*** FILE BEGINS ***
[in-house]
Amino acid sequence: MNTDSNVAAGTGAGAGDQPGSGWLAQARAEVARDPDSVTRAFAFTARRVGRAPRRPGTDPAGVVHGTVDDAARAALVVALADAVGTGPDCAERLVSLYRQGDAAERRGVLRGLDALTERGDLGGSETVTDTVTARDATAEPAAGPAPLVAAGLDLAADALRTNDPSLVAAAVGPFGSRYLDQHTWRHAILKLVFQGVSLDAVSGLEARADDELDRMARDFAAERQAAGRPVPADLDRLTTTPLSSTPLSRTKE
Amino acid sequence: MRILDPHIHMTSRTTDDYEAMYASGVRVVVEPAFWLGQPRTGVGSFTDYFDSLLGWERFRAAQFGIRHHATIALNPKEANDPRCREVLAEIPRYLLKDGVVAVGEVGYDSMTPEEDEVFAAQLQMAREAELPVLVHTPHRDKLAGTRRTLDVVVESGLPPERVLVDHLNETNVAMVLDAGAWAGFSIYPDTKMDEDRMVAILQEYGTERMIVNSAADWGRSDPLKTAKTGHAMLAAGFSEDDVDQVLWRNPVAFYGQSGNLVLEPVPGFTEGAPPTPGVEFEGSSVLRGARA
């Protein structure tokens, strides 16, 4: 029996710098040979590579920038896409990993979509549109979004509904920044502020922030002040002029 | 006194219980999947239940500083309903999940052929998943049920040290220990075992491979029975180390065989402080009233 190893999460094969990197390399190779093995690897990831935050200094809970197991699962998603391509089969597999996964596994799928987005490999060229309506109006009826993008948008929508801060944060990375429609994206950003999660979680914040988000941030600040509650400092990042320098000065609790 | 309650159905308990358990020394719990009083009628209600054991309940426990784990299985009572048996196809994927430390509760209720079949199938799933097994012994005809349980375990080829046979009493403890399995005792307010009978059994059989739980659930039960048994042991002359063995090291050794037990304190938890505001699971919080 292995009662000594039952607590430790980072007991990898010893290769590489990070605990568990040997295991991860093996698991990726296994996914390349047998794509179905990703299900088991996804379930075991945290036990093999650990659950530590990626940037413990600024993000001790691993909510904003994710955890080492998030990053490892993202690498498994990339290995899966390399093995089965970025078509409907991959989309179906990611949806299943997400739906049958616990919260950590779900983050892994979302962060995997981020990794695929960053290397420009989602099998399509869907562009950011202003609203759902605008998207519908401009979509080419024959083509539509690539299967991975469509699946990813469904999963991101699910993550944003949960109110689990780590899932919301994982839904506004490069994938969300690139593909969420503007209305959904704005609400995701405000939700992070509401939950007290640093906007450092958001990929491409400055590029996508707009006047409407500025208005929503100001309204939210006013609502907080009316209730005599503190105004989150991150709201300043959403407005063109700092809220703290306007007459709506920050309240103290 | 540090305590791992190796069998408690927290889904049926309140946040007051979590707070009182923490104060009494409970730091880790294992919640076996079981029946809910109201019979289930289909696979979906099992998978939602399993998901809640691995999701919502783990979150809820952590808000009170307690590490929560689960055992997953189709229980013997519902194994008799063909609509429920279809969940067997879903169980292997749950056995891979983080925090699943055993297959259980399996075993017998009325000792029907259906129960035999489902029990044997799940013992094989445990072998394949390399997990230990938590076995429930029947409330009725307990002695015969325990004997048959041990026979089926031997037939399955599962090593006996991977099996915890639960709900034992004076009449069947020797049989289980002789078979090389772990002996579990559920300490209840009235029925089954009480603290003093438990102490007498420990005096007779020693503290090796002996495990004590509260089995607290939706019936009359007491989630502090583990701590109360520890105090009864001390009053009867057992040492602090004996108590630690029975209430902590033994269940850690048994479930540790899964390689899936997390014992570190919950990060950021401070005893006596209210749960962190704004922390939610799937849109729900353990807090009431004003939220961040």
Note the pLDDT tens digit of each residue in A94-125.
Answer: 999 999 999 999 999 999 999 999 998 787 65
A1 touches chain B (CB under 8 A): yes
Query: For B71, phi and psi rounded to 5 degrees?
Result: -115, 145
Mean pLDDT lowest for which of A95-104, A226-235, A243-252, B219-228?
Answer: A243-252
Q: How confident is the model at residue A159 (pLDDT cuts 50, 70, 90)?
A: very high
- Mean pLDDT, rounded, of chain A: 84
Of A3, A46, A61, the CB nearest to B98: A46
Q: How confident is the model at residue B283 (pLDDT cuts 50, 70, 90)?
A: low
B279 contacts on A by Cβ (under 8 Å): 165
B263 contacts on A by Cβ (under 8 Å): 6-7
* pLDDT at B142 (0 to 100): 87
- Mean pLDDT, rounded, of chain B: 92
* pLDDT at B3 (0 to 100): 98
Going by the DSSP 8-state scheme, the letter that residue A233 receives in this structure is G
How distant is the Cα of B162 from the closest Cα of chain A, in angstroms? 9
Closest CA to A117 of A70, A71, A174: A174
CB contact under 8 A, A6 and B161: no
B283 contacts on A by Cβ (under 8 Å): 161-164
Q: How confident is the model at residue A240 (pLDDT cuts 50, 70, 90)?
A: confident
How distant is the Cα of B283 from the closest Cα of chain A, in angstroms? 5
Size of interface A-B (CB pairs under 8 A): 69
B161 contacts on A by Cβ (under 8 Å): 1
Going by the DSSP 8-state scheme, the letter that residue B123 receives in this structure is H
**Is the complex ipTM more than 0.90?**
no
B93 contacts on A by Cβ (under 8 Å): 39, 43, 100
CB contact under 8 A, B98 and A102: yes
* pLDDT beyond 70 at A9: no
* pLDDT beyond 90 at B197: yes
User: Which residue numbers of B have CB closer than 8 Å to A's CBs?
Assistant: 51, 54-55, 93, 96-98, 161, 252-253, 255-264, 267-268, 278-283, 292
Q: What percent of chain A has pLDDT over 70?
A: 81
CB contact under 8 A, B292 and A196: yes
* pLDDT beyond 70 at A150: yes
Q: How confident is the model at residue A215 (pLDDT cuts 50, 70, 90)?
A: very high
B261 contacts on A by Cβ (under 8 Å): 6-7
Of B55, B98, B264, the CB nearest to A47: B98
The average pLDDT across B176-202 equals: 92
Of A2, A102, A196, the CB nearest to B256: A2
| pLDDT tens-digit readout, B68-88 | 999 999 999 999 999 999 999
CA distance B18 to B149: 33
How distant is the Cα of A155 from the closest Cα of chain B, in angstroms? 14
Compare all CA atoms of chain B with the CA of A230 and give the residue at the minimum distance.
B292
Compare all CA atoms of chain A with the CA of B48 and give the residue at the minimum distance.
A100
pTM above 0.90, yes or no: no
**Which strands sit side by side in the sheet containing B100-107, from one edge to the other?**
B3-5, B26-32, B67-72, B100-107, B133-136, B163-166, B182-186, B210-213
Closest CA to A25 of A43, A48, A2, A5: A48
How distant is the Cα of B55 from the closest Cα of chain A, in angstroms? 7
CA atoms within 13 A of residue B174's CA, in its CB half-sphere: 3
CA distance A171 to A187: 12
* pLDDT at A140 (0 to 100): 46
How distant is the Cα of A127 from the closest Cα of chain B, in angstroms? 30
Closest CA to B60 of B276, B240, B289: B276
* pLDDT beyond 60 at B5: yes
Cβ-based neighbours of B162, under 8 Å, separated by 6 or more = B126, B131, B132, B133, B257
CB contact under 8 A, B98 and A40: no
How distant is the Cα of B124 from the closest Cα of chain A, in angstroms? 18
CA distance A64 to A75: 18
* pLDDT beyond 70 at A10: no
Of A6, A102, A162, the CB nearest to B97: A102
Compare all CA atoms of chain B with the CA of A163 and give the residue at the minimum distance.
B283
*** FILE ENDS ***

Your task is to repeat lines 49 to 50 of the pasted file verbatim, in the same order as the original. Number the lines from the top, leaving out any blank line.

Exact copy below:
Of B55, B98, B264, the CB nearest to A47: B98
The average pLDDT across B176-202 equals: 92